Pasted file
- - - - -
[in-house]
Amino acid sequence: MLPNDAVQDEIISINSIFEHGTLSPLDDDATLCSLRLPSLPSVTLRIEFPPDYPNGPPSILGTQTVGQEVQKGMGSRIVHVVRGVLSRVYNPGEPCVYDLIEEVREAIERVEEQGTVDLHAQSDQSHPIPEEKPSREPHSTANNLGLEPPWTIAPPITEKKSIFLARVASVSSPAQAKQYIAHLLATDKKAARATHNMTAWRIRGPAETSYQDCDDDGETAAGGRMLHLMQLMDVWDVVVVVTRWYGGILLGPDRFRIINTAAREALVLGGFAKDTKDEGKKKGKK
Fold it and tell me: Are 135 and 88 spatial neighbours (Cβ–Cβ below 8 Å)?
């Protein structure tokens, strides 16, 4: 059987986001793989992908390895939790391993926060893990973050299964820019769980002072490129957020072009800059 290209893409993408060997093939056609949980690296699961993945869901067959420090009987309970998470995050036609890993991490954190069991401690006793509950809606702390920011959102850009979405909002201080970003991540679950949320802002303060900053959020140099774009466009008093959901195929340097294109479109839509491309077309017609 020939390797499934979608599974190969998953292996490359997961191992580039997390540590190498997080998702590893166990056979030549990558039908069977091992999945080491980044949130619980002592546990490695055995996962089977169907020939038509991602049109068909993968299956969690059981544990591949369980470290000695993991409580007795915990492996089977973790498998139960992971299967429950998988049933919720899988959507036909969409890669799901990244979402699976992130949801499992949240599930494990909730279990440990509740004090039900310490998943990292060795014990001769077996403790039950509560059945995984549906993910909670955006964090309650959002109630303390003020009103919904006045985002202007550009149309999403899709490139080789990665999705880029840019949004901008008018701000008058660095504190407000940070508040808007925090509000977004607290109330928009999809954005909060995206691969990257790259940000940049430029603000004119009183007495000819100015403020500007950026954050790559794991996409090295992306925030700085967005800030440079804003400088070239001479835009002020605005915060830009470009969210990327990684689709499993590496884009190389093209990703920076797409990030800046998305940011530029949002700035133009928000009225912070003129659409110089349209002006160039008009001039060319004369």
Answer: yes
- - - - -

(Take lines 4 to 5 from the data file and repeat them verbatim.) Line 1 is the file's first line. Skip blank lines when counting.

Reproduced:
């Protein structure tokens, strides 16, 4: 059987986001793989992908390895939790391993926060893990973050299964820019769980002072490129957020072009800059 290209893409993408060997093939056609949980690296699961993945869901067959420090009987309970998470995050036609890993991490954190069991401690006793509950809606702390920011959102850009979405909002201080970003991540679950949320802002303060900053959020140099774009466009008093959901195929340097294109479109839509491309077309017609 020939390797499934979608599974190969998953292996490359997961191992580039997390540590190498997080998702590893166990056979030549990558039908069977091992999945080491980044949130619980002592546990490695055995996962089977169907020939038509991602049109068909993968299956969690059981544990591949369980470290000695993991409580007795915990492996089977973790498998139960992971299967429950998988049933919720899988959507036909969409890669799901990244979402699976992130949801499992949240599930494990909730279990440990509740004090039900310490998943990292060795014990001769077996403790039950509560059945995984549906993910909670955006964090309650959002109630303390003020009103919904006045985002202007550009149309999403899709490139080789990665999705880029840019949004901008008018701000008058660095504190407000940070508040808007925090509000977004607290109330928009999809954005909060995206691969990257790259940000940049430029603000004119009183007495000819100015403020500007950026954050790559794991996409090295992306925030700085967005800030440079804003400088070239001479835009002020605005915060830009470009969210990327990684689709499993590496884009190389093209990703920076797409990030800046998305940011530029949002700035133009928000009225912070003129659409110089349209002006160039008009001039060319004369």
Answer: yes